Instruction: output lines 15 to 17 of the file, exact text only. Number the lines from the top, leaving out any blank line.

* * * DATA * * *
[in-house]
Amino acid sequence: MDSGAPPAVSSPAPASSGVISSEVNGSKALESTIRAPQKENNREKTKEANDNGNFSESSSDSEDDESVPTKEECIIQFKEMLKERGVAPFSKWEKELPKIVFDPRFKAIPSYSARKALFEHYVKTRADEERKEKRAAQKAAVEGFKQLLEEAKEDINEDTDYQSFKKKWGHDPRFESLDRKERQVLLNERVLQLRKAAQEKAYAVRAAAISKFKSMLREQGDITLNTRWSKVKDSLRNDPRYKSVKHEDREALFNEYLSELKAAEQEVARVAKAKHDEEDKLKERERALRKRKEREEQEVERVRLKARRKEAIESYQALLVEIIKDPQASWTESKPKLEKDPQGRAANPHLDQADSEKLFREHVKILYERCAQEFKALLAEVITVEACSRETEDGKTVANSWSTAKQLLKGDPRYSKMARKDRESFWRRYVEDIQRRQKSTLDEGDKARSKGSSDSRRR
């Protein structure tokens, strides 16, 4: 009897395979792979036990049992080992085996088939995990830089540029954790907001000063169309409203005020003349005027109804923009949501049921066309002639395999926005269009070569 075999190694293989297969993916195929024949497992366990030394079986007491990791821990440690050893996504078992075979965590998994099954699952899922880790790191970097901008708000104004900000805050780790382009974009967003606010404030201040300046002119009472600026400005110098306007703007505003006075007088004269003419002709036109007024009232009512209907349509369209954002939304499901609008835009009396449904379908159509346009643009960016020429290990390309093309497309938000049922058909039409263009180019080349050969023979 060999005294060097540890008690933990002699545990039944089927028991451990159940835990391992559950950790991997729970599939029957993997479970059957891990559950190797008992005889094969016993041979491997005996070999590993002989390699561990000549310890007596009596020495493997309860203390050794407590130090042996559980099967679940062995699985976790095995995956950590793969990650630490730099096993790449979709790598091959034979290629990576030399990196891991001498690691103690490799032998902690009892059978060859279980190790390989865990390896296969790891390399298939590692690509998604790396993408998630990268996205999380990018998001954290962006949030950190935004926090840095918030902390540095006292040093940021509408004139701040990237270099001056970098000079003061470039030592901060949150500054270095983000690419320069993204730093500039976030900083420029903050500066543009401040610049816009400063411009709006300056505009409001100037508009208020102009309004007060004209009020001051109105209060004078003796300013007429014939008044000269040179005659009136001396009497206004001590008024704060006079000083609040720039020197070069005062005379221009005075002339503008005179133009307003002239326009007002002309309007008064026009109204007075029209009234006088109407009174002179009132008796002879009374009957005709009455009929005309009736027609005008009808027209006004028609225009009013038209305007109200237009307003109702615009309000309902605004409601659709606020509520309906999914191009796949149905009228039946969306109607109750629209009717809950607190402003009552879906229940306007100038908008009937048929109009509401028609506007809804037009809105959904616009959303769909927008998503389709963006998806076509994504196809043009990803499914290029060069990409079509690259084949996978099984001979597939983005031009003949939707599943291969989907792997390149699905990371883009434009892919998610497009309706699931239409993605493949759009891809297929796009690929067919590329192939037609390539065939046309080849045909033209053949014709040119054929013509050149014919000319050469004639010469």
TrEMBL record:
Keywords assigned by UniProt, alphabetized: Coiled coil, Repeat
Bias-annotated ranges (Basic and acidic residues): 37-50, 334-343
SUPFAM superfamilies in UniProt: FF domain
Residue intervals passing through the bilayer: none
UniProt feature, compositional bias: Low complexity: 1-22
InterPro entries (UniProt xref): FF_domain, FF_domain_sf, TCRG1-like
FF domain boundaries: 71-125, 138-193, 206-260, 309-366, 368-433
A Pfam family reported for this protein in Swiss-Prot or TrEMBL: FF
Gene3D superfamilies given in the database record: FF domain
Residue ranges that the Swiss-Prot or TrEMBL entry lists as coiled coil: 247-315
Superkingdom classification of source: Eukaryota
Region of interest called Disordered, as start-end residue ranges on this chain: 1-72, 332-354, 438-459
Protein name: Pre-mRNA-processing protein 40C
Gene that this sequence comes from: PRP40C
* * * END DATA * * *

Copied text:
Superkingdom classification of source: Eukaryota
Region of interest called Disordered, as start-end residue ranges on this chain: 1-72, 332-354, 438-459
Protein name: Pre-mRNA-processing protein 40C